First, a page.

One (weak) counterargument is that a person can make an assumption based on their knowledge of your character, work ethic, etc. that you’d be good at this skill. However, these endorsements are designed to be specific examples… for a general “endorsement” of someone we have LinkedIn Recommendations. Furthermore, even if a connection believes I have exemplary character, work ethic, etc., this doesn’t mean they can vouch for my skills at MySQL or SEM.
This makes the endorsements a cheap currency.
In the end, though, this problem falls into a larger bucket of issues common in content generation by “the crowd.” This assures us there are ways to help instruct and coach users into providing more accurate endorsements. Should LinkedIn correct this issue (and I believe they will), endorsements could become the great feature they were intended to be.
We are at a time in which people have progressed faster than the “structures” around us. In a world where public education fails to properly teach our children (see Seth Godin’s excellent TED Talk on the subject) and archaic management approaches don’t fit the people of our companies, I also believe our long-held truths about productivity are wrong.
“Why is it every time I ask for a pair of hands, they come with a brain attached?”
~ Henry Ford
We are not robots building cars, we are extremely complex beings. The productivity equation for humans involves near-infinite components.
Dynamic beings require a dynamic approach.
Start work when you’re rested, focused and ready. Take a break when you need it. If you’re tired, take a nap. If you’re between projects and nothing is pressing, take a few hours off – really off. Go to a coffee shop, walk in the park, eat a slow lunch – and leave the office at the office. It’s in these moments we recharge. It’s in these moments we step far enough from our work to see the forest for the trees. Here is where innovations are born.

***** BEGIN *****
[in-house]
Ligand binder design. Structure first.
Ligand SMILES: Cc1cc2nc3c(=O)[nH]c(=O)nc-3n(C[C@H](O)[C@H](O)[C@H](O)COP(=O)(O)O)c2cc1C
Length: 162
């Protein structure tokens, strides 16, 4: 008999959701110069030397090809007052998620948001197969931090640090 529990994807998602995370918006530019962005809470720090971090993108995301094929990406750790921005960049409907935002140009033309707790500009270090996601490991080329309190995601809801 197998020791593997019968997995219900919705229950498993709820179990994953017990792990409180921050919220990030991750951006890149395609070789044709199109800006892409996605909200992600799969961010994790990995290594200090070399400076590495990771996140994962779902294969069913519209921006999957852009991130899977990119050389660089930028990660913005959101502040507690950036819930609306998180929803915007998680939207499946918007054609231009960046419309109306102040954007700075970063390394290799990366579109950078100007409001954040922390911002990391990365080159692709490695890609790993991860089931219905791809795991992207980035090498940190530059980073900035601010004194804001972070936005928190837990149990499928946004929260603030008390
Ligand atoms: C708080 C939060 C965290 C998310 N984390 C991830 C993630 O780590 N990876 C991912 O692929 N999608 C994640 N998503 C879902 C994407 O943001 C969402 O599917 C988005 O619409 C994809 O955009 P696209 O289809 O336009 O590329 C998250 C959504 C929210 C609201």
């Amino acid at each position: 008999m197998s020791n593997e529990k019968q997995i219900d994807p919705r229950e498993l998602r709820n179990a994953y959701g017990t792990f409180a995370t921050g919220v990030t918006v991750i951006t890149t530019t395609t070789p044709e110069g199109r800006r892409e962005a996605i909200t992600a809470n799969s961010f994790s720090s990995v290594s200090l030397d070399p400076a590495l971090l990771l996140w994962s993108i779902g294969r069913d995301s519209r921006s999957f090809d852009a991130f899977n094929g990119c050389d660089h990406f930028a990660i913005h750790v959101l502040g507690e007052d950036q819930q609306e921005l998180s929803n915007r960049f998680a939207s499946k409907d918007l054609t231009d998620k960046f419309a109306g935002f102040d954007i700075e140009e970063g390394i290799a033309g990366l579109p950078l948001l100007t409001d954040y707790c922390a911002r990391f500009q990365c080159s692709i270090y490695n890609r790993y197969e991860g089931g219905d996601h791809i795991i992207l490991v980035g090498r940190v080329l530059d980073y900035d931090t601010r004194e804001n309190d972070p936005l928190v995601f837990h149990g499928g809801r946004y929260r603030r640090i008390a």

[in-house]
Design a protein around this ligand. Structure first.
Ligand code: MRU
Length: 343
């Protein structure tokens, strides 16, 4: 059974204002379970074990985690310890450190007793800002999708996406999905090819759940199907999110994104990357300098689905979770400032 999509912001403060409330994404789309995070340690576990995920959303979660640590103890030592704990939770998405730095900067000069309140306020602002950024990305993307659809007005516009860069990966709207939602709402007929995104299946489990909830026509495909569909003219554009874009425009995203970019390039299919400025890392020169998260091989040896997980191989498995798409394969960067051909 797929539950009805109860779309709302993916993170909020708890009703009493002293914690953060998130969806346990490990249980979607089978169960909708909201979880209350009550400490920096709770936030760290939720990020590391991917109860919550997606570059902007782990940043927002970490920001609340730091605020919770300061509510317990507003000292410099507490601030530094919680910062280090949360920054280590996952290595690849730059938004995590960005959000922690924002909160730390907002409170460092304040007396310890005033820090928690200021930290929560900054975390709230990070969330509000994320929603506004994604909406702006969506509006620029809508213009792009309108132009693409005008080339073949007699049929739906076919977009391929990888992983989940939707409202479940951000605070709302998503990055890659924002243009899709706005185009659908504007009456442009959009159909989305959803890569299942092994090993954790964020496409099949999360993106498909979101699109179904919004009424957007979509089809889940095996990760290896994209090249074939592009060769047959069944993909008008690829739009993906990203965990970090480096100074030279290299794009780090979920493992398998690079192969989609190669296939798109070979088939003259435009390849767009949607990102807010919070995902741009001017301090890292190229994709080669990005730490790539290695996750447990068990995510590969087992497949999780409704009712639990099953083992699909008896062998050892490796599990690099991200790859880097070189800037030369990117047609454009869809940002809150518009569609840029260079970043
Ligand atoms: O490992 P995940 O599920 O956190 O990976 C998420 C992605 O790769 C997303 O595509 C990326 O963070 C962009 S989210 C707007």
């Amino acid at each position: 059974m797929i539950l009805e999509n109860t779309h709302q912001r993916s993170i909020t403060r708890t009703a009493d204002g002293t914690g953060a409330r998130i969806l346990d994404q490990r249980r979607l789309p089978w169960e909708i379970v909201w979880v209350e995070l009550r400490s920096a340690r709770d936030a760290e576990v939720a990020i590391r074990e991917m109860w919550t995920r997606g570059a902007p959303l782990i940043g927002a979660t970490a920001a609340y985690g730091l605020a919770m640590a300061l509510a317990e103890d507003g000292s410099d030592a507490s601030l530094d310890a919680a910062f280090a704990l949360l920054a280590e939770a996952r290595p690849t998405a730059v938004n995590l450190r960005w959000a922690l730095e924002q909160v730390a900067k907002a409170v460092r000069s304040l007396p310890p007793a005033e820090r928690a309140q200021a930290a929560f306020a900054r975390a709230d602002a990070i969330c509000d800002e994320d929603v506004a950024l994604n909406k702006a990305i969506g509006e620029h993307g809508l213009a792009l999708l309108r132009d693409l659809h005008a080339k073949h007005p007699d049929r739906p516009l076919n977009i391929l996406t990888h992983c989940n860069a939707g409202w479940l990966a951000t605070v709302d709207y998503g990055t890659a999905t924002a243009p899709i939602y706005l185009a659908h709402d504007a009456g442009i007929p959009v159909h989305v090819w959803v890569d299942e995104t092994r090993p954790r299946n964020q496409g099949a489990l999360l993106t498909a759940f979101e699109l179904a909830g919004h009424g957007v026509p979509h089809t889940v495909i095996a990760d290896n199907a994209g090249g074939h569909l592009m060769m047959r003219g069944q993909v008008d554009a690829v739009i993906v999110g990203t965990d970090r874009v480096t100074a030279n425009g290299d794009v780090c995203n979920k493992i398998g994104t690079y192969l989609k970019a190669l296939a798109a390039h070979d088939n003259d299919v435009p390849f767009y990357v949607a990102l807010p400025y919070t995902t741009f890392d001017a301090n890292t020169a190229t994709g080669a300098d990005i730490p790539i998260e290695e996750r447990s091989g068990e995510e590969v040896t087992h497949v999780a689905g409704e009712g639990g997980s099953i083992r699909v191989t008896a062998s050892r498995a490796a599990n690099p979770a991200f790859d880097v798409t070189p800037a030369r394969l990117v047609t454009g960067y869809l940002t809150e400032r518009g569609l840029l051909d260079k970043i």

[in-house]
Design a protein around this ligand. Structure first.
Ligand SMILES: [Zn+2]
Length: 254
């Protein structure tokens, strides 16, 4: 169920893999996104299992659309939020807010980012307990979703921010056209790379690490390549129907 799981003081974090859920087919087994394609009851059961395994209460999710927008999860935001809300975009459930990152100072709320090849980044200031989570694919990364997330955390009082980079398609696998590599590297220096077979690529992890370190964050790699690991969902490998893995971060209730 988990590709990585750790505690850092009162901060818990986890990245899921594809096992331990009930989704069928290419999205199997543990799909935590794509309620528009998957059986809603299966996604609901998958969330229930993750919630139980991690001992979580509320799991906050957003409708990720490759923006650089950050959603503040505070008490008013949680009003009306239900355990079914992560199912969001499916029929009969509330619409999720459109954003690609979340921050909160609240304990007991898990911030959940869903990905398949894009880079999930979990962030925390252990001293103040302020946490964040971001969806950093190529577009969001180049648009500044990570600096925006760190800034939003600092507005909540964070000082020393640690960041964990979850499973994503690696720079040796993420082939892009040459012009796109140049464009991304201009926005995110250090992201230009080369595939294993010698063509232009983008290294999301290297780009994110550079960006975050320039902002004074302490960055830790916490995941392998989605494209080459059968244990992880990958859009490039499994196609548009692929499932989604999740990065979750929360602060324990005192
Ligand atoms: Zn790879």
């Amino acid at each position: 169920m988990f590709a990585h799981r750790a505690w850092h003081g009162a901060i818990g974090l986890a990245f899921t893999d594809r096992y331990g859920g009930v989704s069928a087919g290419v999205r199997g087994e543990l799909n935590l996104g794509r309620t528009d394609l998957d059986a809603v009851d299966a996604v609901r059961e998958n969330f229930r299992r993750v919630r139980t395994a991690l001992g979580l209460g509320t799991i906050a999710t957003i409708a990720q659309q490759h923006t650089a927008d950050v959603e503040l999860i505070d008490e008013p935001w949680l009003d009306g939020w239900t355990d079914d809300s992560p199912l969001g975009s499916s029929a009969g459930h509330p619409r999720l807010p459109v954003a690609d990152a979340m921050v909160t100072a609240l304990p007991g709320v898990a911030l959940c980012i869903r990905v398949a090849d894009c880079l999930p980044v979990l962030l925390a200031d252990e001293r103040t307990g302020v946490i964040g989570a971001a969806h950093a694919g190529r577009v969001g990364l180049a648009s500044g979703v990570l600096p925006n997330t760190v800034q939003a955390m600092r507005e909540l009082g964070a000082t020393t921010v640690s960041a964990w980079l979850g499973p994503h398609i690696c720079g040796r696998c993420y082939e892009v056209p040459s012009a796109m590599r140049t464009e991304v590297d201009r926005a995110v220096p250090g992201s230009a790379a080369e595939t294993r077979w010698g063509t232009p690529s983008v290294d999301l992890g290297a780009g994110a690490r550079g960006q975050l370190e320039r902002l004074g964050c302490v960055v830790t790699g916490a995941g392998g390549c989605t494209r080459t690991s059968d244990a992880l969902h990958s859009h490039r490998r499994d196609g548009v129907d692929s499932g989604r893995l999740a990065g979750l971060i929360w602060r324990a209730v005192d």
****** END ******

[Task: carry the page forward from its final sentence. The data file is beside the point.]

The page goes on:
This lifestyle is more productive AND enjoyable.
Popular startup methodologies (ie. Lean, Ultralight, Bootstrapping, etc) all tout a fairly scientific process to building a startup. The most valuable aspect of this approach is the reductionist view of the steps to success:
- Find a problem to solve
- Hypothesize how to solve it
- Build the simplest version of the product that tests the hypothesis
- Give it to people and see what they say
- Move forward based on the feedback
- Repeat steps 1 – 6 until your exit
(Obviously a tremendous amount of sweat, blood and tears exist between each step and each iteration, but this simplistic view is incredibly useful).